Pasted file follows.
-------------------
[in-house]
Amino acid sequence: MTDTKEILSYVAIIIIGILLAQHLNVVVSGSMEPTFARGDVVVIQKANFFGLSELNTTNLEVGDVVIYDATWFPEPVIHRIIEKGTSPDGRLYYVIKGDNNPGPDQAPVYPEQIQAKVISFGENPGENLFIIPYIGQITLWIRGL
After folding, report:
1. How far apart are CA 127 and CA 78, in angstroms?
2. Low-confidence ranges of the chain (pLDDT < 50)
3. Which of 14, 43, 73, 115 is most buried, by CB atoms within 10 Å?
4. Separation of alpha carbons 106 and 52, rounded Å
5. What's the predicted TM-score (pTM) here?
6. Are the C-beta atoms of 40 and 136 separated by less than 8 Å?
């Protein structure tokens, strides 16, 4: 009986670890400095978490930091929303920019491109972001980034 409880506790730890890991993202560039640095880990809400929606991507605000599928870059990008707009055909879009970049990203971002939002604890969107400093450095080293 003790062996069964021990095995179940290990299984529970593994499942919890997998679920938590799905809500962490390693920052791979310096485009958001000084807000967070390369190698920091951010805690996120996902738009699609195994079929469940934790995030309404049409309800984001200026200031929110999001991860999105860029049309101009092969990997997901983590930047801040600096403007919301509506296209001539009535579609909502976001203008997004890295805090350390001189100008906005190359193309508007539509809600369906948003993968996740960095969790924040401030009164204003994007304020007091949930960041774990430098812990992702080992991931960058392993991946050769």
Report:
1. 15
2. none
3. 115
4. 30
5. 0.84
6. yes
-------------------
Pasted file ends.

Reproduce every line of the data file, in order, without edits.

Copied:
[in-house]
Amino acid sequence: MTDTKEILSYVAIIIIGILLAQHLNVVVSGSMEPTFARGDVVVIQKANFFGLSELNTTNLEVGDVVIYDATWFPEPVIHRIIEKGTSPDGRLYYVIKGDNNPGPDQAPVYPEQIQAKVISFGENPGENLFIIPYIGQITLWIRGL
After folding, report:
1. How far apart are CA 127 and CA 78, in angstroms?
2. Low-confidence ranges of the chain (pLDDT < 50)
3. Which of 14, 43, 73, 115 is most buried, by CB atoms within 10 Å?
4. Separation of alpha carbons 106 and 52, rounded Å
5. What's the predicted TM-score (pTM) here?
6. Are the C-beta atoms of 40 and 136 separated by less than 8 Å?
């Protein structure tokens, strides 16, 4: 009986670890400095978490930091929303920019491109972001980034 409880506790730890890991993202560039640095880990809400929606991507605000599928870059990008707009055909879009970049990203971002939002604890969107400093450095080293 003790062996069964021990095995179940290990299984529970593994499942919890997998679920938590799905809500962490390693920052791979310096485009958001000084807000967070390369190698920091951010805690996120996902738009699609195994079929469940934790995030309404049409309800984001200026200031929110999001991860999105860029049309101009092969990997997901983590930047801040600096403007919301509506296209001539009535579609909502976001203008997004890295805090350390001189100008906005190359193309508007539509809600369906948003993968996740960095969790924040401030009164204003994007304020007091949930960041774990430098812990992702080992991931960058392993991946050769």
Report:
1. 15
2. none
3. 115
4. 30
5. 0.84
6. yes